"How's that for a juicy evening?" an elated Papa Emeritus IV declared last night onstage.
Even for a demonic debonair pope, crazy dreams can come true, and his unfolded flawlessly as Ghost's 2023 tour of the U.S. came to a typically theatrical finish at the Kia Forum in Los Angeles. It marked the last of 28 tour stops across the country, and the second of two back-to-back shows at the Forum, both being filmed for a future release, meaning phones, smart watches and accessories were strictly prohibited. The climactic performance devoted two hours to the band's deep catalog of speed riffs and pop melodies, including Ghost's latest, 2022's ambitious Impera album.
The ringmaster, of course, was the warm but mysterious Papa Emeritus IV, previously known as Cardinal Copia, and forever embodied by band leader Tobias Forge. The night once again showed Forge making real his outlandish fantasy to bring his band of popes and ghouls to the wide-open spaces of arenas around the world, taking its place among the great rock shows that came before, including KISS, Rob Zombie and Alice Cooper.
Forge is likewise a uniquely gifted master of stagecraft, mingling spectacle with humor and heartfelt messages to his audience. The night began with a classic scene of rock-star drama, as the big screen above the stage showed Ghost arriving in a van, as the band of Faceless Ghouls each stepped out, followed by the dashing young Pope in a flashy smoking jacket.
The curtain dropped to the stage, and the Ghouls marched forward, unfurling the overlapping guitars of "Kaisarion" to a frantic rhythm as the Cardinal slid up to the mic in a gold lame jacket to sing of a crime in ancient Alexandria. Like certain other songs from Impera, the sound was like an echo from "AOR" mainstream rock radio rock of the Eighties, with frequent spasms of prog rock. It set a tone for the night in energy and swaggering attitude.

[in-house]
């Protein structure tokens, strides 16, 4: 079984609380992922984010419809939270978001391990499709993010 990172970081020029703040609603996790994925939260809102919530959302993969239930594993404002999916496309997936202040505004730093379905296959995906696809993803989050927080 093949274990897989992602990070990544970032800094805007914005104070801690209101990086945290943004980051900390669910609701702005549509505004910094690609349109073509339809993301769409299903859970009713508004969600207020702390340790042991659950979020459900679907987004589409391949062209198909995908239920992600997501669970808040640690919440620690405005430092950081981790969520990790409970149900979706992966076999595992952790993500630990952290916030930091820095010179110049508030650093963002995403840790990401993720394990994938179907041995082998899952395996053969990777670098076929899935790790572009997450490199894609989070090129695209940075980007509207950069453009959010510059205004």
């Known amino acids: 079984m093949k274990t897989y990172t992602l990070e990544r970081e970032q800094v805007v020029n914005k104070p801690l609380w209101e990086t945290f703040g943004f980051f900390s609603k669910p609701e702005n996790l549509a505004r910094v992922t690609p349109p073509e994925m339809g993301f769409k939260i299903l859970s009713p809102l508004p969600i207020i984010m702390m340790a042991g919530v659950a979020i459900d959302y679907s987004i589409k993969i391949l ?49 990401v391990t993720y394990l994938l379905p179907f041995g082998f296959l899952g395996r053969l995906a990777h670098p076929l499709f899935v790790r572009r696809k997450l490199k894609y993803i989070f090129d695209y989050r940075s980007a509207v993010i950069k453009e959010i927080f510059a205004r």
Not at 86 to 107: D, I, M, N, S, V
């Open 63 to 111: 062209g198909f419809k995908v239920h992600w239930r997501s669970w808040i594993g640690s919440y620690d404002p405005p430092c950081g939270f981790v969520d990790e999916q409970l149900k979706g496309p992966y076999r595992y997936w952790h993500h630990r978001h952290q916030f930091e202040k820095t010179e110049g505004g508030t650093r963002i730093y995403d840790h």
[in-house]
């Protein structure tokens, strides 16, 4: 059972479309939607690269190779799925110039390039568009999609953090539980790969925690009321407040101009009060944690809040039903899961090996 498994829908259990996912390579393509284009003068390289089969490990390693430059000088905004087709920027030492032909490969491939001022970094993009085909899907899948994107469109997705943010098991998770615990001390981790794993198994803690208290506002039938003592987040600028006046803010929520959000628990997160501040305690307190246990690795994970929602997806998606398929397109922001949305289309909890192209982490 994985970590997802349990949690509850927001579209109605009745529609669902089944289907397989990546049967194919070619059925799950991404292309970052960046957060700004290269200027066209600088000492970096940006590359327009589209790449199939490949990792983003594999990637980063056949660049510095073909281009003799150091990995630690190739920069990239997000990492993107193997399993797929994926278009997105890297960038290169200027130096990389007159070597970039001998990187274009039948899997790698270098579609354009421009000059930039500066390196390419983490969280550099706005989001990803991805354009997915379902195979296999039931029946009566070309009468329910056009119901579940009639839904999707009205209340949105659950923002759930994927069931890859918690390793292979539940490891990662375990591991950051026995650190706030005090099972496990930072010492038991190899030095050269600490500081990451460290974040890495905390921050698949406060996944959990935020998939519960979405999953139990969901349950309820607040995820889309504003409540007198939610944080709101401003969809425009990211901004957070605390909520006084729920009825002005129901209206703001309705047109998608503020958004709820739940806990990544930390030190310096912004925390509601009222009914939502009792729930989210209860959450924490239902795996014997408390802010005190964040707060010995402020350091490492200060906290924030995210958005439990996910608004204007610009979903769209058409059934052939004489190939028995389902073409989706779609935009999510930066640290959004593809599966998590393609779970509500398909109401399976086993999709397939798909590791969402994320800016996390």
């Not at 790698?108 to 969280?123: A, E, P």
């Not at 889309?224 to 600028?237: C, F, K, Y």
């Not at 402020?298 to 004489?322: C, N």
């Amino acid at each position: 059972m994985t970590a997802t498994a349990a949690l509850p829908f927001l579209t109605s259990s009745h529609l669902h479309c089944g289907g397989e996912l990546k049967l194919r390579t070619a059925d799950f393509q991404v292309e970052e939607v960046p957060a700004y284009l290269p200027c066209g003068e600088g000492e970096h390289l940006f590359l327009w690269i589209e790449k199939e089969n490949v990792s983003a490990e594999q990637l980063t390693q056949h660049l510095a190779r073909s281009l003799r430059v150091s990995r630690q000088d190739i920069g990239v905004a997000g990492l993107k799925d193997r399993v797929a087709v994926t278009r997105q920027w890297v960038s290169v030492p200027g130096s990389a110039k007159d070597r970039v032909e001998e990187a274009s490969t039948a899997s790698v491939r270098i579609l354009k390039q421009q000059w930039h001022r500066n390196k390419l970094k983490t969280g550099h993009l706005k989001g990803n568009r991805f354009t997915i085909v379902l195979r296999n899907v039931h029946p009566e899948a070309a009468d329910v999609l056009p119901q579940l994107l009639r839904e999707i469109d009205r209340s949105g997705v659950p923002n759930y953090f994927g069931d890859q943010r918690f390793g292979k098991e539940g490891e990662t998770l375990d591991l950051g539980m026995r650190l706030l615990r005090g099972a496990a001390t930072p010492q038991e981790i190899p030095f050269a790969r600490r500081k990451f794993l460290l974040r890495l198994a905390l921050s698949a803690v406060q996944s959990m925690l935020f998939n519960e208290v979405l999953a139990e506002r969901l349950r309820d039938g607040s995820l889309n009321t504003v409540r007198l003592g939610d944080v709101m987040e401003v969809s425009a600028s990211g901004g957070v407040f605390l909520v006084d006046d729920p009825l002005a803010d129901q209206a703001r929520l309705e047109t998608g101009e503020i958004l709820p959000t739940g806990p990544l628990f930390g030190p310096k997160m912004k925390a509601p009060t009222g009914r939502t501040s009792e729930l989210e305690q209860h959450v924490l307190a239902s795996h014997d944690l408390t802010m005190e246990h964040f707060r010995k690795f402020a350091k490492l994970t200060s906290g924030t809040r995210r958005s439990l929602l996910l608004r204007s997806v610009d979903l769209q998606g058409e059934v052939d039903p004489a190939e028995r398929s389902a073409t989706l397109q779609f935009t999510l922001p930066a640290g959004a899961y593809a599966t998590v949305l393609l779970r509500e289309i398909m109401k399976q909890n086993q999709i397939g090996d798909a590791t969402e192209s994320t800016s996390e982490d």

Forge frequently posed with sweeping gestures in the spotlight between verses, and during the jagged, heavy riffs of "Rats," he moved gracefully across the stage as the show's most dynamic force. He stood on various platforms placed around the stage, guiding the fans below like a conductor, or adding a snappy "Motherfucker!" to the end of a lyric on "Faith."
After the evil churning guitars that open "Absolution," Forge began singing while perched high up on the drum riser, and soon asked fans to "Scream real loud!" And they did.
For "Call Me Little Sunshine," he returned in full sparkly pope attire, with long cape and papal headgear. He stood at the mic and delivered his lyrics like a sermon: "Call me Mephistopheles/Call me when you feel all alone," as fans clapped to the beat and he swung a brass thurible from a chain above them.
The demonic Pope soon emerged on a smaller stage in the back of the arena, and was accompanied there by a small group of female cellists, a pianist and a heavily veiled backup singer that he introduced as the Ghoulettes. He blew kisses to each one, and together they performed a vibrant but understated "If You Have Ghosts," a song originally recorded by Roky Erickson and the Aliens.
Just as moving, Forge spoke the first of several inspirational messages to fans, including "There is always a way to ease the pain" and "As long as you have the spirit, you will never be alone." He then put on boxing gloves and a shiny blue robe and headed back to the main stage like Rocky Balboa to the organ sounds of "Dominion." He was joined there by an octet of dancers in skeleton costumes to accompany the speed metal riffs from the never-before-played "Twenties," from Impera.
After "He Is," Forge left the stage as the Ghouls erupted on guitar and some roadies wheeled out Copia's late papal predecessor, Papa Nihil, in plexiglass coffin. After giving him a couple of jolts of electricity, Nihil came to life just long enough to play a wild sax solo.
Standing amid blasts of glittery confetti, Copia, in heavy Italian accent declared, "Did you feel that, Los Angeles? Where did you feel it?"
In the night's final moments, and after the band had finished playing, Ghost bid farewell as a recording played of "Sorrow in the Wind," a traditional country track by Emmylou Harris. Ghost has used the track before, and it remains a strangely fitting and human-scale finish to the band's epic pageantry. Papa and his Ghouls took their bows, and then the frontman was alone, climbing up to the drum kit one last time to stand in the spotlight, and the curtain fell.
Ghost 9/12/23 setlist (courtesy of Setlist.fm):
Call Me Little Sunshine
Con Clavi Con Dio
Watcher in the Sky
If You Have Ghosts (Roky Erickson and the Aliens cover)
Twenties (with eight skeleton dancers)
Mary on a Cross
Respite on the Spitalfields
Kiss the Go-Goat
Dance Macabre (with eight skeleton dancers)